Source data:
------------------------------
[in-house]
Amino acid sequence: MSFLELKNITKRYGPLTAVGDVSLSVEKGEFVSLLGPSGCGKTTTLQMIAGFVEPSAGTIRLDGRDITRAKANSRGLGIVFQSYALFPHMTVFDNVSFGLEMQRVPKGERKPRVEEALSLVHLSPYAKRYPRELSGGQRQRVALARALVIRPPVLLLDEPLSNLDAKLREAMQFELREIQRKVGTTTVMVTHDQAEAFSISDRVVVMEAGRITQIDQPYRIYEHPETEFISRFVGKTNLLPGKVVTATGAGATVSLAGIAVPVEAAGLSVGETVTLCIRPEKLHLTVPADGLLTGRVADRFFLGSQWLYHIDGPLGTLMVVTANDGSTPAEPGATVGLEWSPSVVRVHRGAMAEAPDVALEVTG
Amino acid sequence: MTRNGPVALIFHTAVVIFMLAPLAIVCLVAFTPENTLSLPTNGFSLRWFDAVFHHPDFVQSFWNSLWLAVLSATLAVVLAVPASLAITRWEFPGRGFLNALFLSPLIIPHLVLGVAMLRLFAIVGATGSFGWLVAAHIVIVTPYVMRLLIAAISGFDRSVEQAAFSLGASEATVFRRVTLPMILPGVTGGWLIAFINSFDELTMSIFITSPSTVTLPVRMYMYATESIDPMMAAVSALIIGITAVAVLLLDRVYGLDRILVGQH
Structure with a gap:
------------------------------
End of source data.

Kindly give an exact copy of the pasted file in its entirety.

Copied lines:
[in-house]
Amino acid sequence: MSFLELKNITKRYGPLTAVGDVSLSVEKGEFVSLLGPSGCGKTTTLQMIAGFVEPSAGTIRLDGRDITRAKANSRGLGIVFQSYALFPHMTVFDNVSFGLEMQRVPKGERKPRVEEALSLVHLSPYAKRYPRELSGGQRQRVALARALVIRPPVLLLDEPLSNLDAKLREAMQFELREIQRKVGTTTVMVTHDQAEAFSISDRVVVMEAGRITQIDQPYRIYEHPETEFISRFVGKTNLLPGKVVTATGAGATVSLAGIAVPVEAAGLSVGETVTLCIRPEKLHLTVPADGLLTGRVADRFFLGSQWLYHIDGPLGTLMVVTANDGSTPAEPGATVGLEWSPSVVRVHRGAMAEAPDVALEVTG
Amino acid sequence: MTRNGPVALIFHTAVVIFMLAPLAIVCLVAFTPENTLSLPTNGFSLRWFDAVFHHPDFVQSFWNSLWLAVLSATLAVVLAVPASLAITRWEFPGRGFLNALFLSPLIIPHLVLGVAMLRLFAIVGATGSFGWLVAAHIVIVTPYVMRLLIAAISGFDRSVEQAAFSLGASEATVFRRVTLPMILPGVTGGWLIAFINSFDELTMSIFITSPSTVTLPVRMYMYATESIDPMMAAVSALIIGITAVAVLLLDRVYGLDRILVGQH
Structure with a gap: